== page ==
The engineers' role as the breach force, responsible for reducing obstacles during the breaching fundamentals of SOSRA (Suppress, Obscure, Secure, Reduce, Assault), will not change in 2030 due to LAND 400 and LAND 8160. In fact, our involvement within combined arms obstacle breaching will likely increase as the new capability will provide better a opportunity to conduct realistic breaching on exercise in preparation for operations. As a result, engineers will still be expected to conduct obstacle reconnaissance; it is how we conduct that reconnaissance which is likely to change.

Integrating future capabilities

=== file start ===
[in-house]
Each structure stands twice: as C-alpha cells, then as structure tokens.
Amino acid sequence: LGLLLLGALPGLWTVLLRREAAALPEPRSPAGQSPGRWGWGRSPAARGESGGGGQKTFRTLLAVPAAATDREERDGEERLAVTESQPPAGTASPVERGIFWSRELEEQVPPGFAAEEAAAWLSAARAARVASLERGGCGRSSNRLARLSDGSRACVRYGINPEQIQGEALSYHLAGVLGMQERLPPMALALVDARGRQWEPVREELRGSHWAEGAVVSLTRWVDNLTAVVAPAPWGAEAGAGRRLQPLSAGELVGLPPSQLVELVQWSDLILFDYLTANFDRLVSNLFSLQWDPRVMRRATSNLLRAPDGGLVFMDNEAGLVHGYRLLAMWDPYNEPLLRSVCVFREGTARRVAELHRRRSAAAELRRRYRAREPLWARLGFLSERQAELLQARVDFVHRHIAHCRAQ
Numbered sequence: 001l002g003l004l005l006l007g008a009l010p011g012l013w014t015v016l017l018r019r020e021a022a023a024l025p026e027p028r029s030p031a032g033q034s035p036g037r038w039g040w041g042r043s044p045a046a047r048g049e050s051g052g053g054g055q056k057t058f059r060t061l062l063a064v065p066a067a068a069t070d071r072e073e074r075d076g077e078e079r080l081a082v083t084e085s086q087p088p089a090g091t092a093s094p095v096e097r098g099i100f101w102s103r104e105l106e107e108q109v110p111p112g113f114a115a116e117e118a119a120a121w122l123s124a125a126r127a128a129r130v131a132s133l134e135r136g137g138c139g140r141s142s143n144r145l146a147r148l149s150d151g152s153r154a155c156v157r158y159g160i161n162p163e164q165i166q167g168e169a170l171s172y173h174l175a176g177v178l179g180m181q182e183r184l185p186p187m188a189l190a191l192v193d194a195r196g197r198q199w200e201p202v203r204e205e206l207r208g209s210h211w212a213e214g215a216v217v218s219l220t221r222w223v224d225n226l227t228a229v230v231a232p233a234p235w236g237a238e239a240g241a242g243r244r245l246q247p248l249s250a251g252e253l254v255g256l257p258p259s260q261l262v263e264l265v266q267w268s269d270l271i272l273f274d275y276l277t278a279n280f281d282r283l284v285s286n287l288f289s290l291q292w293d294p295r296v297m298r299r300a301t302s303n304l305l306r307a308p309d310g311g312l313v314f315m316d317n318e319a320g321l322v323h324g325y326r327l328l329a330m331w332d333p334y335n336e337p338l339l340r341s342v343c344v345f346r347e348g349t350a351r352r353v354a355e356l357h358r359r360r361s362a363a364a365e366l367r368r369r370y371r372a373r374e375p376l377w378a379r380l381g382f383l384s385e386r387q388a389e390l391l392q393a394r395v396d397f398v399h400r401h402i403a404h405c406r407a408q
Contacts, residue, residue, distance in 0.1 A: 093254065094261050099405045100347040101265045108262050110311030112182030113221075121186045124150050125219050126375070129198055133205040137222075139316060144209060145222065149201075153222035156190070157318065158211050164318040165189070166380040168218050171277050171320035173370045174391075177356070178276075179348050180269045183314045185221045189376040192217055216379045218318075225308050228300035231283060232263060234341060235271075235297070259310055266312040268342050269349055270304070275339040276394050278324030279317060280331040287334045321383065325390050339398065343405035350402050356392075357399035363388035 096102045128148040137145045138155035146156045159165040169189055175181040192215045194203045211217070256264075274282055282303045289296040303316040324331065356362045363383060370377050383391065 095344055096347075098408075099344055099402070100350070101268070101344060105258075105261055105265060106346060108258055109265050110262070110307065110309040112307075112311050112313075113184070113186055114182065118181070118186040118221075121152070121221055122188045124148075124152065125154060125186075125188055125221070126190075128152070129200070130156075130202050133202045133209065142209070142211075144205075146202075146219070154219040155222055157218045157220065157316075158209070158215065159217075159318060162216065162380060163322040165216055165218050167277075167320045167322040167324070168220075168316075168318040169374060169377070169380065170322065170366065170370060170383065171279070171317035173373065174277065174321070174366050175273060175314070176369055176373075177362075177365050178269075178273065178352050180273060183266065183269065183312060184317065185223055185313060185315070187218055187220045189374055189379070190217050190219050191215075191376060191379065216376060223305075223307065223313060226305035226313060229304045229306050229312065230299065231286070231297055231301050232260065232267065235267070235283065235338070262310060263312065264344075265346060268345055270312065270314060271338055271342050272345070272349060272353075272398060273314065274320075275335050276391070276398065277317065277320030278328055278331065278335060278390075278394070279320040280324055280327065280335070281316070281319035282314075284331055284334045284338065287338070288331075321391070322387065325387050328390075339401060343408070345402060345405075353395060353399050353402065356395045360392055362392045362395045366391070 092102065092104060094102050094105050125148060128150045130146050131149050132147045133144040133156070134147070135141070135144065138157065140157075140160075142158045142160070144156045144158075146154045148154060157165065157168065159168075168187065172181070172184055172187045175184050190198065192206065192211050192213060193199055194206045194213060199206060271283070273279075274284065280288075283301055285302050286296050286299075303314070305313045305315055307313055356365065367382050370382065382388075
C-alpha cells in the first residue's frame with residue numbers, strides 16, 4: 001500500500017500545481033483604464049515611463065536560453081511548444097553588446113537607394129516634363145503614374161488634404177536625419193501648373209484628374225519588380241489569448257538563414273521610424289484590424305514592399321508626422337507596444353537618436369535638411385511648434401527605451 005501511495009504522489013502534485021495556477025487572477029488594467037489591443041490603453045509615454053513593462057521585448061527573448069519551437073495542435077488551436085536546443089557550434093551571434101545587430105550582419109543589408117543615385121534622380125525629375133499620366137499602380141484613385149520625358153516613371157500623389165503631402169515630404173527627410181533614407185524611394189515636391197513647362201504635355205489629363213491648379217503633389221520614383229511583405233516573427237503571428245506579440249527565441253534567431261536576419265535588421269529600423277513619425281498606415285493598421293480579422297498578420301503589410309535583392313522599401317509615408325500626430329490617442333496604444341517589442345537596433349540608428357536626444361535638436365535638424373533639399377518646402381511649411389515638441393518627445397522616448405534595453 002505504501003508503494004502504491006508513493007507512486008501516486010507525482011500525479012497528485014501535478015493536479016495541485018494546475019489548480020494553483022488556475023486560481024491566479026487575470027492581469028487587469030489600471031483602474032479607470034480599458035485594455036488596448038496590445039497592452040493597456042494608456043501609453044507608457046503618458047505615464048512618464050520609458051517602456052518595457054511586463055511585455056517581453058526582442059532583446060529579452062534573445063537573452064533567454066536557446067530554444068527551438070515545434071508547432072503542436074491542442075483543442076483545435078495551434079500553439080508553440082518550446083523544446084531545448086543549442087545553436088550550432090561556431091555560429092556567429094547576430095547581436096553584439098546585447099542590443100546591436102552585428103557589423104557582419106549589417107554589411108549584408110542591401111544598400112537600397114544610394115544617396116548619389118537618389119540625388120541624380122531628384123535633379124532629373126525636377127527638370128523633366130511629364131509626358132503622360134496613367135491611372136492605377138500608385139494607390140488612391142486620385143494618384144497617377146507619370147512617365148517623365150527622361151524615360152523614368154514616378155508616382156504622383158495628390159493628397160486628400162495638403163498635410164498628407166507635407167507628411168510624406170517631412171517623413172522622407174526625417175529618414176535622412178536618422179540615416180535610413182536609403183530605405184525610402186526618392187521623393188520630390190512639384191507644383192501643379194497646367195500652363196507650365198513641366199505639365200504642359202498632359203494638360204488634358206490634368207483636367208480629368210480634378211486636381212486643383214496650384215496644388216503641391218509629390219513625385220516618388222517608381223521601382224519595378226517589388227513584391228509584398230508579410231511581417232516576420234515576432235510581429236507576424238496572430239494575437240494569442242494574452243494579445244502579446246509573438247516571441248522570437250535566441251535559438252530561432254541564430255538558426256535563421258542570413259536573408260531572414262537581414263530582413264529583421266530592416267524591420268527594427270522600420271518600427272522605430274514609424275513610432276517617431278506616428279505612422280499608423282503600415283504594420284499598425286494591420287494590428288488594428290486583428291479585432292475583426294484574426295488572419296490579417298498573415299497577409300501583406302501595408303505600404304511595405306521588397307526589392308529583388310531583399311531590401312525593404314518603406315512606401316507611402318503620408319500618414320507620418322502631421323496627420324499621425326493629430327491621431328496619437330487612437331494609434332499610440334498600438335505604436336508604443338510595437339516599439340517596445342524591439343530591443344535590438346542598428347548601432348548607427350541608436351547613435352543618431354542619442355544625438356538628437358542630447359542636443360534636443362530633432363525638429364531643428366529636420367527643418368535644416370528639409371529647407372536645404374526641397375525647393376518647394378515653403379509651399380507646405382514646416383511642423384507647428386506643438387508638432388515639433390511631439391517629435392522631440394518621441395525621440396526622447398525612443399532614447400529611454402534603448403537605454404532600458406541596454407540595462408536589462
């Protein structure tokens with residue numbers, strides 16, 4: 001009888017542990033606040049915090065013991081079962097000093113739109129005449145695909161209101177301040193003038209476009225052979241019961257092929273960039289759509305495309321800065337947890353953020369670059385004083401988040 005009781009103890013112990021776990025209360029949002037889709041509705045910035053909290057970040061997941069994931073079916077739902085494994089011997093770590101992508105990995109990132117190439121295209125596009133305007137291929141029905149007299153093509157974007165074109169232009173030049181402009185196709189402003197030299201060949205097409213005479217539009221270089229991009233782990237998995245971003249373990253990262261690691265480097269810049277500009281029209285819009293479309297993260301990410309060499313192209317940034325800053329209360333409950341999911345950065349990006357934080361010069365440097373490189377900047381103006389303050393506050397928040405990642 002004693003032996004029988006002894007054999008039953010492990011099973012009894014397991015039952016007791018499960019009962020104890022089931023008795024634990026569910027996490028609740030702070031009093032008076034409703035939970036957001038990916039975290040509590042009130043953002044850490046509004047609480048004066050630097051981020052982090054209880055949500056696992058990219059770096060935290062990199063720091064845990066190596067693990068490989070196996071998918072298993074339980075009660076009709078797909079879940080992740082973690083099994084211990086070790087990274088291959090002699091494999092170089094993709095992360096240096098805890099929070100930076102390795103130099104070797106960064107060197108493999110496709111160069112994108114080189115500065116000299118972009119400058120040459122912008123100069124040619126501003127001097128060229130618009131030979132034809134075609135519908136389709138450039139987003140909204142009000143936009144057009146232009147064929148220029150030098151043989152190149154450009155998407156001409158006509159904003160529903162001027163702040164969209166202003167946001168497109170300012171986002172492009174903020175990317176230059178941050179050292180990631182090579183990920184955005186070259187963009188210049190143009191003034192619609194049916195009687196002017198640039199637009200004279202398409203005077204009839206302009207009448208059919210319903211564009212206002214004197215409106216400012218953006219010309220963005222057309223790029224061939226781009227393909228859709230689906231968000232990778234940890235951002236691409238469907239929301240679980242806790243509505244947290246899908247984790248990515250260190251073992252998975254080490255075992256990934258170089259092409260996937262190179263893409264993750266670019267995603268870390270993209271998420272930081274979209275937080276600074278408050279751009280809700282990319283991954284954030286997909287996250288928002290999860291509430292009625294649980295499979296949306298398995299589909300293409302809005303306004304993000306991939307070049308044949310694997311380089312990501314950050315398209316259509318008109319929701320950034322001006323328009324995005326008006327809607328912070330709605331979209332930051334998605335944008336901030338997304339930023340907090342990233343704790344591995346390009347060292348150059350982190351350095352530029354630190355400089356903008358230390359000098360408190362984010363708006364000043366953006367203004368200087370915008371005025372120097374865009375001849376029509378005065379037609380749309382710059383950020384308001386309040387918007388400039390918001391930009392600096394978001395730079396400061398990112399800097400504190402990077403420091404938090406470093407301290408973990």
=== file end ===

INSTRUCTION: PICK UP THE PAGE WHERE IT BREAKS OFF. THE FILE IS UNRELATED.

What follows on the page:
The size, noise, dust and heat signature of the new LAND 400 suite of vehicles will overtake the current M113 signature. As a result, mechanised engineer commanders will be forced to site Administration Areas (AA) several kilometres from the obstacle in order to remain underneath the detection threshold during an obstacle reconnaissance. This is where the rapidly evolving technological advances in Unmanned Aerial Systems (UAS) will become a key factor. Mechanised engineers will be able to sight an AA in a defendable location, utilising the 30mm cannon and Anti-Tank Guided Missile (ATGM) to provide organic security. Once security is set, an engineer piloted Unmanned Aerial Vehicle (UAV) can be launched to conduct reconnaissance on the obstacle. UAVs are already technologically advanced enough to take millimetre precise measurements of objects on the ground[5]. By 2030, it is realistic to expect that UAVs will have the ability to detect and identify the type of surface or buried mine, the exact amount, and their disposition to a ten figure grid reference, as well as observing other key obstacles within a target panel. UAVs will provide a complete picture of the obstacle during reconnaissance with likely software technology to translate what the UAV has detected to a digital reconnaissance report, able to be accessed by all blue force actors within the Area of Operations (AO) instantly.